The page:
The type of equipment and operation you use for your process will depend heavily on the materials being used and the ways in which the ingredients will interact with each other. There are three main categories:
Liquid- Liquid mixing is where a mixture is formed from two or more liquid ingredients. Within this category are two additional categories: Miscible and immiscible mixing. Miscible mixing is the complete mixing of two substances to form a single substance. Think: non-carbonated beverages with flavorings. Immiscible mixing involves two liquids that do not mix to uniformity like oil and water. When using miscible ingredients in a mixture, the product is considered homogenous- or of uniform structure throughout. The process for mixing immiscible liquids does vary depending on the ingredients. However, most immiscible mixtures have similar goals for their solution: emulsification. Often, the oil or fatty particles will be reduced to tiny droplets using a high-shear mixing blade and will be suspended evenly throughout the mixture, creating a stable mix to eliminate the separation of the two ingredients.
Solid-Liquid mixing is the mixing of a liquid and solid substance, usually a dissolvable powder or flake, but can also be non-dissolving solid. When a solid substance can be dissolved into a liquid, a solution is created. Sweetened milk or sugar water would fall into this category, as they create a homogenous mixture. Alternatively, if a substance in the mixture does not dissolve, it can be suspended throughout the mixture. This process is referred to as ‘solid-suspension’ and creates a ‘slurry’ of the suspended solid ingredient. Waste water processors use this technique to suspend heavy metals in a solution and extract the beneficial ingredients, leaving behind ‘slag’. The solid-suspension process can be used for a variety of reasons, but usually to create physical and chemical reactions.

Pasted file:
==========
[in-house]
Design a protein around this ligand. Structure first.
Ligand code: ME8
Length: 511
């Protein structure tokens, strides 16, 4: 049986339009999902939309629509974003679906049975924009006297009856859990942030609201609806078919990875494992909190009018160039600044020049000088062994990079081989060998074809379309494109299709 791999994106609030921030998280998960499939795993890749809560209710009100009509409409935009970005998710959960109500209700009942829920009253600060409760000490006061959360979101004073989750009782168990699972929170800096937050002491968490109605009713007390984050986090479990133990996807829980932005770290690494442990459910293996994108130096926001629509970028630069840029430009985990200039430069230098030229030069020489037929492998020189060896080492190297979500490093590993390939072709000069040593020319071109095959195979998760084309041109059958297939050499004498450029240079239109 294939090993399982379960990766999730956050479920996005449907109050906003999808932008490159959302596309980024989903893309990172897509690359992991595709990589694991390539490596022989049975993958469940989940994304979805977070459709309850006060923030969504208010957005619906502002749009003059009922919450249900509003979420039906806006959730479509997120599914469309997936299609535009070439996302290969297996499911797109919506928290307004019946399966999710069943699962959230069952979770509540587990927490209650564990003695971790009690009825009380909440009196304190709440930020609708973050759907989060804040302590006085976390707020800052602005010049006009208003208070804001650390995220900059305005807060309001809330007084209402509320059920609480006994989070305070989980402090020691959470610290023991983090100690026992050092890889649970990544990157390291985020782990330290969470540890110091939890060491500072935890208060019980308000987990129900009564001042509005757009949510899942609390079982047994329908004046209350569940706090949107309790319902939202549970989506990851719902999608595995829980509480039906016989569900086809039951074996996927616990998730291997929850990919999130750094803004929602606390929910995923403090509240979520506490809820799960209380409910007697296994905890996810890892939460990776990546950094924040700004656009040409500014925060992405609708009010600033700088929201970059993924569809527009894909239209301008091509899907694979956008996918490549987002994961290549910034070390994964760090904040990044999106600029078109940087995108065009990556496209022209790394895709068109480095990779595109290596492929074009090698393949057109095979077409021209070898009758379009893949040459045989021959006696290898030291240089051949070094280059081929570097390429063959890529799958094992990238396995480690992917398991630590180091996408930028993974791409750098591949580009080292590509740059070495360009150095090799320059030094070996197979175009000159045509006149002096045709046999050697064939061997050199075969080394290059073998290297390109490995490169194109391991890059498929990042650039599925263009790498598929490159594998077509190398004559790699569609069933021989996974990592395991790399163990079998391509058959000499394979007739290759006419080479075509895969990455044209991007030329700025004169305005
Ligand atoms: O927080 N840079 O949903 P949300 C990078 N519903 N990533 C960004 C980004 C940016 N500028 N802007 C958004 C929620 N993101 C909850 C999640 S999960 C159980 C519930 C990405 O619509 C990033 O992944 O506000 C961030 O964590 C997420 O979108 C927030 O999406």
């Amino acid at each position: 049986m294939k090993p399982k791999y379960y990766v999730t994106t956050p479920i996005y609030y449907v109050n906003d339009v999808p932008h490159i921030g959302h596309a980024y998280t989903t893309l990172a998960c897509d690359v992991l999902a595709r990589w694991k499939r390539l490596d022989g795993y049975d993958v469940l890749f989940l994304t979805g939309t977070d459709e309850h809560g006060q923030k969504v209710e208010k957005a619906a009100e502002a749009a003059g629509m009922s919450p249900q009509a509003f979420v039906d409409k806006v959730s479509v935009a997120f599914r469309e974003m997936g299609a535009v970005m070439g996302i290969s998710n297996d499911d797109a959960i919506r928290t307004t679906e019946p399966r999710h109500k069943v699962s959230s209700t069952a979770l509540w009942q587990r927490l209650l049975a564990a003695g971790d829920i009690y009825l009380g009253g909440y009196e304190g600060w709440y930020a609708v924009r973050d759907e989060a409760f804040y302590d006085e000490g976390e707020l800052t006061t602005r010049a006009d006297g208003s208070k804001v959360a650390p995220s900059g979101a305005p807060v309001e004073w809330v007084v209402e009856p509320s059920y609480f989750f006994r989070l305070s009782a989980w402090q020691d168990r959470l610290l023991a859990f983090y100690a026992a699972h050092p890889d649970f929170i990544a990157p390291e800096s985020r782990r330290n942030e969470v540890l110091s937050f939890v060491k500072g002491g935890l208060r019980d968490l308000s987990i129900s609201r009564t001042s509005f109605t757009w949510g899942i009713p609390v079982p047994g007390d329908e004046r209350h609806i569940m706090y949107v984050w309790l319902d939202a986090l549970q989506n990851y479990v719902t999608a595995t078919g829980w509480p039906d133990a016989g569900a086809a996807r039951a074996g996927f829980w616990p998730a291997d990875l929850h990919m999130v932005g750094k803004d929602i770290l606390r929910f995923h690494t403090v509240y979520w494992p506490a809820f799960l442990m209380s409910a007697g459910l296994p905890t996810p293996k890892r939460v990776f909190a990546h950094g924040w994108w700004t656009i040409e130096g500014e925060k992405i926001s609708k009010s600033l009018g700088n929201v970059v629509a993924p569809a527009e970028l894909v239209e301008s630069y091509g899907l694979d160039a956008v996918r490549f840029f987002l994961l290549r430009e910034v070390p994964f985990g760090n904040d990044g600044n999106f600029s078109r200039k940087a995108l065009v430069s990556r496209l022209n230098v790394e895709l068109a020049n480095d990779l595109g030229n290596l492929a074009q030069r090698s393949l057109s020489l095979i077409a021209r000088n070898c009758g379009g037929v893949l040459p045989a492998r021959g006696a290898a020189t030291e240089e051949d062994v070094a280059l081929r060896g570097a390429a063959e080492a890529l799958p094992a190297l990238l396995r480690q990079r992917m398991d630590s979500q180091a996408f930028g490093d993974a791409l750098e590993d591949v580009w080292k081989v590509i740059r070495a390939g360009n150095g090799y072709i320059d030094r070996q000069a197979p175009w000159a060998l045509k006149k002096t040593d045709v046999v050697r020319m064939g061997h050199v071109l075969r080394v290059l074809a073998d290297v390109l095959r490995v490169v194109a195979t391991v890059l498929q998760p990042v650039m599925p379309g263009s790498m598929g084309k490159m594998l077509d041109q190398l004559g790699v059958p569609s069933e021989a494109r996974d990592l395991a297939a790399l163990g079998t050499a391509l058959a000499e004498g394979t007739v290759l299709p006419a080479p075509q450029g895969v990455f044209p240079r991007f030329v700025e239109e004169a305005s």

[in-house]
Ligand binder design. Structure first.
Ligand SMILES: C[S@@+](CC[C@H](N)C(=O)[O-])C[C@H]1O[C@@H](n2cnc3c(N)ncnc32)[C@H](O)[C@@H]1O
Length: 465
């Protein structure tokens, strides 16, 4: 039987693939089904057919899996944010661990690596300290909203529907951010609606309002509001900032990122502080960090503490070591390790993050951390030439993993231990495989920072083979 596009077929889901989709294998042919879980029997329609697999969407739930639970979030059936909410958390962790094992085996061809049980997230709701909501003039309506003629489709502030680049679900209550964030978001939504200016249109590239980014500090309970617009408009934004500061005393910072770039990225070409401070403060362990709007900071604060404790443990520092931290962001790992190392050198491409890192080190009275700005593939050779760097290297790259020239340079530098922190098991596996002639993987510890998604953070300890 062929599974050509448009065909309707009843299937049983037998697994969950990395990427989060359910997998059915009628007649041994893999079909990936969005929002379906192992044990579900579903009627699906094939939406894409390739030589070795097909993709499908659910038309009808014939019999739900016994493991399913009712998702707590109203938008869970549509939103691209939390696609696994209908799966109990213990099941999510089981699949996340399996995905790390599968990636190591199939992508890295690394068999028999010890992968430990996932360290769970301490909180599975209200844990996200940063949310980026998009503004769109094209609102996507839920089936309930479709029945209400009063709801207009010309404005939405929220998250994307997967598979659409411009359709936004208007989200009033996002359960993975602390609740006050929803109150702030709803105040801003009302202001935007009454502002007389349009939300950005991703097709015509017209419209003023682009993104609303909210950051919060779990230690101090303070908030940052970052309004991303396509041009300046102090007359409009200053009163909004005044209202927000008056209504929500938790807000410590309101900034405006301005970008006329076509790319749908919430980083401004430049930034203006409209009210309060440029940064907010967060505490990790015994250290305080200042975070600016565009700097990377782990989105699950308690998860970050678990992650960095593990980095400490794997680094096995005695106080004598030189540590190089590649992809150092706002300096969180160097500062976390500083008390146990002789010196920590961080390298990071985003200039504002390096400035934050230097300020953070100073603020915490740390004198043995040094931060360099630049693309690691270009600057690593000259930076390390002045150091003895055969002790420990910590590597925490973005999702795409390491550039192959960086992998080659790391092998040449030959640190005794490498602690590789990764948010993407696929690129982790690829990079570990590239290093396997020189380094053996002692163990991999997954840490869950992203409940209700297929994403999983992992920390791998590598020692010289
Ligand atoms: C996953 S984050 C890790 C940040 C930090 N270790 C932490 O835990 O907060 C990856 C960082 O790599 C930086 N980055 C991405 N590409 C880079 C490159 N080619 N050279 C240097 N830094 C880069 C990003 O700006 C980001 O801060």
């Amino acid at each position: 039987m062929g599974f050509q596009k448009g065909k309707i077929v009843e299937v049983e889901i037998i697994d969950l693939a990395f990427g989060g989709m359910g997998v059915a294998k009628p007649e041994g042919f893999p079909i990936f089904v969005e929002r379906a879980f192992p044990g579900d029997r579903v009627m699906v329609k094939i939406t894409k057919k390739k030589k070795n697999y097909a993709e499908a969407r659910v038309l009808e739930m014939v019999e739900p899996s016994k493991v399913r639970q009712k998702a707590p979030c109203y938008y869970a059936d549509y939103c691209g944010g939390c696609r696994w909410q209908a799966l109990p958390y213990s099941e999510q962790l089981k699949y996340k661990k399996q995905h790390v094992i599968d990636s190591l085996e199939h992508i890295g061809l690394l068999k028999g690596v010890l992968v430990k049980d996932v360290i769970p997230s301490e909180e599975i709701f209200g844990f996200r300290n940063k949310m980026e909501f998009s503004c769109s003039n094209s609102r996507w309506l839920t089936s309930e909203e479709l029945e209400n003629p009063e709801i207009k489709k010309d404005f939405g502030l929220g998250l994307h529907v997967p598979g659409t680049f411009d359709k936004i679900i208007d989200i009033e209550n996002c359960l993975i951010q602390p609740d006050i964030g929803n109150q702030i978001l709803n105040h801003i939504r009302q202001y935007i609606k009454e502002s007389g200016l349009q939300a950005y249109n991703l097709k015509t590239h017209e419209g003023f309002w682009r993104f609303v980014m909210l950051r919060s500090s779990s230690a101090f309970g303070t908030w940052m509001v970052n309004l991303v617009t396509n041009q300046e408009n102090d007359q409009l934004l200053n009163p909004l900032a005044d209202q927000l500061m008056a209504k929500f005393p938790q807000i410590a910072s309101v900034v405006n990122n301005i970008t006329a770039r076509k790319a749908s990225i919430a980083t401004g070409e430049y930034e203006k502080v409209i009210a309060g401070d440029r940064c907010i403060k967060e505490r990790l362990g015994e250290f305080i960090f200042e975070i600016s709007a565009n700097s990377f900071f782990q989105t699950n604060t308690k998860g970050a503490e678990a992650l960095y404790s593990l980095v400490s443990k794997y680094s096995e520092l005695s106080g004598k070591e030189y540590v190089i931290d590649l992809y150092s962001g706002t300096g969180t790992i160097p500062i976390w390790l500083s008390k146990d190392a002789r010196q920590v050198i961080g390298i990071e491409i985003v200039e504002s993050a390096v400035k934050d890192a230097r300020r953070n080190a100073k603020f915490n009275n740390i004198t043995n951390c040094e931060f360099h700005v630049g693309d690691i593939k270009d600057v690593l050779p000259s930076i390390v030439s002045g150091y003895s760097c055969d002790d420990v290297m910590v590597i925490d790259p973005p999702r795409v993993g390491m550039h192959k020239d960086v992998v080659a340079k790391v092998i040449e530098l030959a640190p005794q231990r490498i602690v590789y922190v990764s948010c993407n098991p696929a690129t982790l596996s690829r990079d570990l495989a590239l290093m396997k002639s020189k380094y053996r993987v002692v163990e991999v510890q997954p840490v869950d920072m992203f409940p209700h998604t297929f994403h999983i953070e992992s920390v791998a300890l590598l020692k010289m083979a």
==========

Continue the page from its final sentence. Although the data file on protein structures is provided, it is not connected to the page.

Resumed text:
Liquid-Gas mixing involves suspending gas bubbles thoroughly in an immiscible liquid. Using a turbine type impeller allows the breaking up of larger bubbles into smaller bubbles to create a larger surface area of gas and liquid contact. You’ll be most familiar with products like soda or beer, but these solutions can be used in highly technical or volatile applications across a wide array of industries. Things you would consider ‘foamy’ are usually an example of this process: like soap or whipped cream.
Every application will require a different set of techniques to achieve these different forms of mixing. It will be important to adjust shear, agitation level, suspension, dispersion, and pumping mechanisms to best help you achieve your end product.
Learn more about important considerations to your mixing process here.